Uber Calls A Kidnapping An “Inefficient Route” (And Various Other Reasons Not To Use Uber)

An Uber customer in Los Angeles was kidnapped by her driver, driven 20 miles out of her way to a dark, abandoned parking lot, and only when she started to scream did the driver take her back home. The customer reported the incident to Uber, and they responded by e-mailing her an apology for the driver’s “inefficient route.” The customer is now staying in a hotel, since there’s a dangerous stranger out there who has her home address.

Sam Biddle at Valleywag has been doing a lot of great reporting about Uber’s unethical practices, including the ways they’ve tried to undermine Lyft and, more frighteningly, the fact that they’ve been fighting against regulations that would require tighter background checks on their drivers (Lyft is fighting it, too). On top of that, they’ve started passing the cost of background checks onto the customer, charging a $1 fee for a “safe ride.”

Fighting regulation also allows Uber to mistreat and mislead its drivers by using the cop-out that they’re “independent contractors” and not employees to whom the company owes any kind of benefits or oversight. But Uber drivers are convinced that Uber will take over the industry, so it seems futile to leave and important to demand changes in Uber’s policies.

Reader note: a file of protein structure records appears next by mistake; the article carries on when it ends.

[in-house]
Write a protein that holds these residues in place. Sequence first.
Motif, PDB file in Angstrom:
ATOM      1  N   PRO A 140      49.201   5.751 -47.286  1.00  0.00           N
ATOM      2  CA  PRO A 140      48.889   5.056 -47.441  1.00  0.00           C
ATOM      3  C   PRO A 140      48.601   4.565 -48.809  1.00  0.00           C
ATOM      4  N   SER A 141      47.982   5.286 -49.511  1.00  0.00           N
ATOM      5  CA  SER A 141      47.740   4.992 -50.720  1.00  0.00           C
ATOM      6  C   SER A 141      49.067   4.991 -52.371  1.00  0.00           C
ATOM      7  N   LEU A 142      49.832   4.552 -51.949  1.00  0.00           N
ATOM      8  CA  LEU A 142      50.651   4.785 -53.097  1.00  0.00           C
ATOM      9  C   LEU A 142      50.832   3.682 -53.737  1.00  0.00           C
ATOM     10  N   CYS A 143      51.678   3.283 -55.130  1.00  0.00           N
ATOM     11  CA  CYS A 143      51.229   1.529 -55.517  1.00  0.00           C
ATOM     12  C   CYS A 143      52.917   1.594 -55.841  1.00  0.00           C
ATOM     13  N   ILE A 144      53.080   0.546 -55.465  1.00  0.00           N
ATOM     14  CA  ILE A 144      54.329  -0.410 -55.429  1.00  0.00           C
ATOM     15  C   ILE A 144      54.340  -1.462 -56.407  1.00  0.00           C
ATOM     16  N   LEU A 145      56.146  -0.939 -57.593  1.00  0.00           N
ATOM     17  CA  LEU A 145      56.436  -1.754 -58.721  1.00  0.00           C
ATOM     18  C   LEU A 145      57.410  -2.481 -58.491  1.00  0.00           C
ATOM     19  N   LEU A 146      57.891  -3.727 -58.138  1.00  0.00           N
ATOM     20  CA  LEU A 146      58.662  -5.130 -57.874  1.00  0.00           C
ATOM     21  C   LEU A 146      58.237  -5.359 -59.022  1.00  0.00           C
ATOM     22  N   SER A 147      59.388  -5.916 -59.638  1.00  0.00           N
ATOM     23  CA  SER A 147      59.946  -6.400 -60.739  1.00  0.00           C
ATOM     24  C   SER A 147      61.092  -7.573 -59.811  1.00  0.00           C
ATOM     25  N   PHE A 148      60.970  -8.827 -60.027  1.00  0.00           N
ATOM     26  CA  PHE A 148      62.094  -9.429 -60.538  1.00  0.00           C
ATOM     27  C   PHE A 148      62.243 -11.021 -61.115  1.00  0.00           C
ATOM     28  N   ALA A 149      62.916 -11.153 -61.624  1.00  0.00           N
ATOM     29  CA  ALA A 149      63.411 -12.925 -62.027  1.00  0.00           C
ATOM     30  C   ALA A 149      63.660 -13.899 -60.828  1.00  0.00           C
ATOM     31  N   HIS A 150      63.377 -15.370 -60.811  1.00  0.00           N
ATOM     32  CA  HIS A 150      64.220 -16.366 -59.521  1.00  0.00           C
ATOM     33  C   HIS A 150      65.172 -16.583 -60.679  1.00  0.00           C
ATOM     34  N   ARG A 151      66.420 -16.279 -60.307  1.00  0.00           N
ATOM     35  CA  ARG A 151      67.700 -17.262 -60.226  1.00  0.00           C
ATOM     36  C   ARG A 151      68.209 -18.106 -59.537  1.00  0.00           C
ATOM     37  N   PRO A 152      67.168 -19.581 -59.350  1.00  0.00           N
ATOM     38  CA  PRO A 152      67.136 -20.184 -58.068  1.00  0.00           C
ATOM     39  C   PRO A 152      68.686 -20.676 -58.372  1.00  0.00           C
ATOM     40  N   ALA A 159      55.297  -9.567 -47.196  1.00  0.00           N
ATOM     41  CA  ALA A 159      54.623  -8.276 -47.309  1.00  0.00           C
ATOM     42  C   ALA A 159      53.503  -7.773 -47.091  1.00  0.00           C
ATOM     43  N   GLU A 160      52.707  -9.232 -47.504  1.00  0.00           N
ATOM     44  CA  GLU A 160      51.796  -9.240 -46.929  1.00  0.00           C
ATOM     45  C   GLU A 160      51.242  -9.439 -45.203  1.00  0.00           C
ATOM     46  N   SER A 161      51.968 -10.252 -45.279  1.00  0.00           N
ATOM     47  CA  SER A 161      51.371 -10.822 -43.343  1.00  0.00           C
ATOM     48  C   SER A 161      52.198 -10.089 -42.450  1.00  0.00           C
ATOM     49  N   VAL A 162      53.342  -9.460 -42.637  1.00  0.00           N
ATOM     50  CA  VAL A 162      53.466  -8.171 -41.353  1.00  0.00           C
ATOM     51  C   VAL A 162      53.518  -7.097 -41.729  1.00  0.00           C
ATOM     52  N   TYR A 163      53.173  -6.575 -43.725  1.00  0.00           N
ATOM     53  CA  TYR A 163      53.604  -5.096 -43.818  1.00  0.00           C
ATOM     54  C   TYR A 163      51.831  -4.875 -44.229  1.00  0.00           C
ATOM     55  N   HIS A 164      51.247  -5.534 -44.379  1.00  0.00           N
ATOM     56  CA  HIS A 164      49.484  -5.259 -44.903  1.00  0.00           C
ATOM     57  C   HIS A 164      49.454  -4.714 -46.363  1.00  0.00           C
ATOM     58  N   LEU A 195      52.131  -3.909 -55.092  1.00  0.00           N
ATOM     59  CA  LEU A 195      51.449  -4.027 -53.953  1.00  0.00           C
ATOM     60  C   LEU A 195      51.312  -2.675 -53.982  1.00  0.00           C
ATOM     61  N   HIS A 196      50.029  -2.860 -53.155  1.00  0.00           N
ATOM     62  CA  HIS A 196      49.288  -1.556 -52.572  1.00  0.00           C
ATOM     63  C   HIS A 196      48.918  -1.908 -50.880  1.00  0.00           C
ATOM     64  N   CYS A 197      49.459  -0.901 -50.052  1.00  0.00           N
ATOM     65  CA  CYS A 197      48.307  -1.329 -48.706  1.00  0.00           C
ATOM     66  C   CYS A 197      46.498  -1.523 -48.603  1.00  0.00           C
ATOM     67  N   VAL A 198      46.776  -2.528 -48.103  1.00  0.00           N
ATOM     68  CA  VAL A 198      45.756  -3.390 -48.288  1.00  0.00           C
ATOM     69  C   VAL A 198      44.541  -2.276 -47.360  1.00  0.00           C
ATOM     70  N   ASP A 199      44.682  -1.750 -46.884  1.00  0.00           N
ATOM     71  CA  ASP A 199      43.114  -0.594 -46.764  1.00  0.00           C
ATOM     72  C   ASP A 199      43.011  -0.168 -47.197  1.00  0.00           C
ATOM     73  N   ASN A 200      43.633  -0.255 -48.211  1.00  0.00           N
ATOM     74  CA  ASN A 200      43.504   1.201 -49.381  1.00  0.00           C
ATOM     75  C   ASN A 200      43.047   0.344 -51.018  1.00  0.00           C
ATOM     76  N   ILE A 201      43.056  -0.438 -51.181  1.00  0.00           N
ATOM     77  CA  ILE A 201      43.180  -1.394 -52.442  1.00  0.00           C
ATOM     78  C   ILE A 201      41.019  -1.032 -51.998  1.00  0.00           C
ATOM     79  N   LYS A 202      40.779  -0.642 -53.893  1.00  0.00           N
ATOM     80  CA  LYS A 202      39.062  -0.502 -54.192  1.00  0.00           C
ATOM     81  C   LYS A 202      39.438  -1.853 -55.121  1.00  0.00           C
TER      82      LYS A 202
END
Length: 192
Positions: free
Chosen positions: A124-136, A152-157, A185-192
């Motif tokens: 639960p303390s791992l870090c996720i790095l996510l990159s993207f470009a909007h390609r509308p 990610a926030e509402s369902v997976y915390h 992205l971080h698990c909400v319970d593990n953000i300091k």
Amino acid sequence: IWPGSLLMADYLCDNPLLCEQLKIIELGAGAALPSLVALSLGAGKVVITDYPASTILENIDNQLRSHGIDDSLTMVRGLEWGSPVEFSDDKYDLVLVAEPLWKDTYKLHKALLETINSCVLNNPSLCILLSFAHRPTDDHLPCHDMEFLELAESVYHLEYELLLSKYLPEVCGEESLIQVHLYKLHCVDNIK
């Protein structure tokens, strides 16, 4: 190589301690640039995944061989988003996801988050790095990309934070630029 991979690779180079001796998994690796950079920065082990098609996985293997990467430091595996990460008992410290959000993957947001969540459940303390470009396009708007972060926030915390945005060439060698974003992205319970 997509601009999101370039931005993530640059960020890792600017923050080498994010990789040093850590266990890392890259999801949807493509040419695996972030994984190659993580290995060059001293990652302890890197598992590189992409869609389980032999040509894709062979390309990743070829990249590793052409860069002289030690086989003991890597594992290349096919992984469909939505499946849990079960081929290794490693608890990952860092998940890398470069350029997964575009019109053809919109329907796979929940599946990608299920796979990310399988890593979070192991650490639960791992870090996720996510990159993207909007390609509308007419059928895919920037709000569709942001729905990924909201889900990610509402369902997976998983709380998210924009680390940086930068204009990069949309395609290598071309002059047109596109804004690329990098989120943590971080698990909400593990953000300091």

The catch is, of course, that Uber’s customers have to want those changes, too, for any progress to be made. So far, the only thing that customers have really cared about is the fact that they get overcharged and receive bad customer service — although it happens so often that customer complaints have earned Uber an F from the Better Business Bureau. (That stands to reason, if their customer service calls a kidnapping an “inefficient route.”)

But if it comes to kidnappings or repeated sexual assaults by Uber drivers who neither face the scrutiny nor receive the benefits of industry oversight, does it start to matter to customers? I just want to point this out: This is the checklist that you have to go through in order to become a cab driver in the city of Chicago. It’s 17 items long and it includes a good driving record, a training course, a licensing exam, and applying for a license after all of that. The City of Chicago guarantees taxi drivers maximum lease rates for their vehicles and timely payment, plus it offers drivers protection through the Department of Business Affairs and Consumer Protection. Through that agency, the City also makes chauffeur license information public and provides consumers with a place to complain about cab services.

None of that exists for Uber. Chicago’s local NBC station showed that over and over again, Uber drivers had driving infractions on their record, and even that Uber hired an ex-con with a three-page rap sheet. Drivers have no guarantees from the company about their working conditions, and customers have no guarantees from the company or from any local regulating body about the drivers.

So, sure, Uber is convenient. But personally, I’ll be hailing a cab and giving a nice tip instead.

[Gawker (1)]
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[Buzzfeed]
[CNET]
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[City of Chicago (1)]
[City of Chicago (2)]
[NBC 5]

[Image via Gawker]

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